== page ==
There are hundreds of neurodegenerative diseases. Every 65 seconds, someone in the U.S. develops Alzheimer disease. HudsonAlpha Institute for Biotechnology recently hosted Dr. Ken Kosik, professor of neuroscience at the University of California Santa Barbara for an update on collaborative effort between Kosik and HudsonAlpha researchers into detecting and treating Alzheimer disease earlier. HudsonAlpha is raising money to continue and expand the research into Alzheimer disease and dementia.
Research making a difference
“We have an unprecedented opportunity to make new genomic discoveries in Alzheimer disease and dementia, which in turn will inform us about other neurodegenerative diseases such as ALS, Parkinson disease and Huntington disease,” said HudsonAlpha president and science director Rick Myers, PhD, as he introduced the work at an event last month at the Jackson Center.
The samples for this project are being collected in Colombia from a large extended family with a remarkably high number of instances of early onset Alzheimer disease and dementia.
HudsonAlpha’s Nick Cochran, PhD, explained, “These rare families continue to teach us about how this disease works, and as scientists, it is wonderful to have the opportunity to be able to help find answers for these families, and potentially even accelerate their involvement in clinical trials.” Cochran is a senior scientist in the Myers Lab leading HudsonAlpha’s collaboration.
This collaboration, as well as others for the Institute, have yielded promising results. HudsonAlpha recently found a never-before-identified mutation on the PSEN1 gene causing Alzheimer disease. This discovery opens doors for prevention efforts.
“These large family studies give us an incredible opportunity to understand how Alzheimer’s works at a genetic level,” said Kosik. “Studying these early-onset cases — including people who are presymptomatic — give us a chance to really dig deep into what specifically is changing in the body, brain and genome to cause the degeneration. It also allows us an opportunity to try to ward off the worst of the disease.”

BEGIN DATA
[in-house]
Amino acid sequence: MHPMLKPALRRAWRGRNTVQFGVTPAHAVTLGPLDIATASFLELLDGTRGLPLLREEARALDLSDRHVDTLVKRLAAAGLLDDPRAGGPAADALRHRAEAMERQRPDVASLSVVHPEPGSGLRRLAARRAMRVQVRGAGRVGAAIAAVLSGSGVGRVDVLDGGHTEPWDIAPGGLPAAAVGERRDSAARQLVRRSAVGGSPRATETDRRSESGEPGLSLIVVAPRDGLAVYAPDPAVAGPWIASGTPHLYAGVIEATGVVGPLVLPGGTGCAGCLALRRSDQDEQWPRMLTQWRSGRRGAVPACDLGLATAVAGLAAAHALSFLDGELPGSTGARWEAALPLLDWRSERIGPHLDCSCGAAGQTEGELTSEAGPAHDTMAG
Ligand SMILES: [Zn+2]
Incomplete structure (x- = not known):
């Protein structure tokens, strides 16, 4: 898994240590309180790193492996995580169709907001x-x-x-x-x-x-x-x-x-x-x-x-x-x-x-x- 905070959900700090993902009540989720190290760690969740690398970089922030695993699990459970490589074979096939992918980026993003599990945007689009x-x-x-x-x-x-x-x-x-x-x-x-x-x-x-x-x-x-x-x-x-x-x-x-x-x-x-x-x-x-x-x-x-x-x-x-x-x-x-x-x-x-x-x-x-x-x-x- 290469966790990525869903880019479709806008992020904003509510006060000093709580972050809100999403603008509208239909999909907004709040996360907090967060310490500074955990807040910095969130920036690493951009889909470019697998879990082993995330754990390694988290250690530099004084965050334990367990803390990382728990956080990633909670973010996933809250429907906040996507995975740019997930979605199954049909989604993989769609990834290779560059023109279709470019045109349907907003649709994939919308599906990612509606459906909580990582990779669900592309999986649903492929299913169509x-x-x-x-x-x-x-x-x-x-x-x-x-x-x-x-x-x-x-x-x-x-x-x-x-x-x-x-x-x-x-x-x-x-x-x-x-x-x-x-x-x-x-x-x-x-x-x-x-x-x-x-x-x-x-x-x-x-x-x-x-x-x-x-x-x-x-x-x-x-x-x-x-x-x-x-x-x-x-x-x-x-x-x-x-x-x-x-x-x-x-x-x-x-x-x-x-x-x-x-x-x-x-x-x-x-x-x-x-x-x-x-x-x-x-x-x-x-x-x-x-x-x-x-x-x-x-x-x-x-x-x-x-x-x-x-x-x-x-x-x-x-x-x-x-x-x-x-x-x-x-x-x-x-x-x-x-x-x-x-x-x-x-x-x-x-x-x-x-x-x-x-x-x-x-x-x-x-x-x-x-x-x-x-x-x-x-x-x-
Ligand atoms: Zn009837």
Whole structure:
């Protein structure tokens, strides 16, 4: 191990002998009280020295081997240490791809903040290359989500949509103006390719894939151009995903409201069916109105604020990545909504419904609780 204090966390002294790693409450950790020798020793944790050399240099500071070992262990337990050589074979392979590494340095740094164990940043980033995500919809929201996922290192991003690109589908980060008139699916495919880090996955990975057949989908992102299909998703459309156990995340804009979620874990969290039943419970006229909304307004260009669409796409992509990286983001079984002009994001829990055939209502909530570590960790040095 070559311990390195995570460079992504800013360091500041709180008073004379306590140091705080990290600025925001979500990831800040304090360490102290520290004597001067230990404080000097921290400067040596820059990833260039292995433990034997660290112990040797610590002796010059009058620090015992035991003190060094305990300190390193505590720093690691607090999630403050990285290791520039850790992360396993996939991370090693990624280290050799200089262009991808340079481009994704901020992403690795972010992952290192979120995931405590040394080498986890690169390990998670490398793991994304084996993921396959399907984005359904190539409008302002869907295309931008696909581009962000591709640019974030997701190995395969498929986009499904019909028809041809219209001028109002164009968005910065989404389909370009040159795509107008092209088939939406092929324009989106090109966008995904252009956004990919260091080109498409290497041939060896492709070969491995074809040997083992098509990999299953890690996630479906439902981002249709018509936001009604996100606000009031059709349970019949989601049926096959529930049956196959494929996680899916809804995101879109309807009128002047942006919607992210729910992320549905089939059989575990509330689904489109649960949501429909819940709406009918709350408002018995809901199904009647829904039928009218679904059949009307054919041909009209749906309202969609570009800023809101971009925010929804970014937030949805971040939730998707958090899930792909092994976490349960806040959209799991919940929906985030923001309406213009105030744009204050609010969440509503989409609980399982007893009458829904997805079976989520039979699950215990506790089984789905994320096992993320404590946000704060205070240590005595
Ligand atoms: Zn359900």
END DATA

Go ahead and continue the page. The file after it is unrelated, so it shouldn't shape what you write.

Click here to view Dr. Kosik’s talk. HudsonAlpha’s ongoing collaboration with UCSB and Colombia is made possible, in part, by funding from the HudsonAlpha Foundation Memory and Mobility Program, which creates the opportunity for further sequencing and study of Alzheimer and dementia patients, with the aim of moving toward better understanding and treatment.
Match your donation and double your impact
At the conclusion of the event, Peri Widener, HudsonAlpha Foundation supporter, announced her family’s plan to increase their funding for this work. Wayne Widener, Peri’s father, lived for more than a decade with a rare disease called corticobasal degeneration (CBD). After his diagnosis, Wayne and his family spent years consulting specialists before finally learning there is no known treatment. He eventually passed away in 2013.
The Widener family has committed to matching all donations to the Memory and Mobility Program (up to $200,000) until the end of 2019.
“We established the Wayne, Luanne and Peri Widener Fund for the Study of Neurodegenerative Diseases at HudsonAlpha in 2013 to focus resources on this important research,” said Peri Widener, Wayne Widener’s daughter. “My father was a brilliant, kind and resilient man, and we resolved to use his journey with this terrible disease as a way to bring visibility and hope for others. This research is an important step toward earlier identification and treatment of neurodegenerative disease.”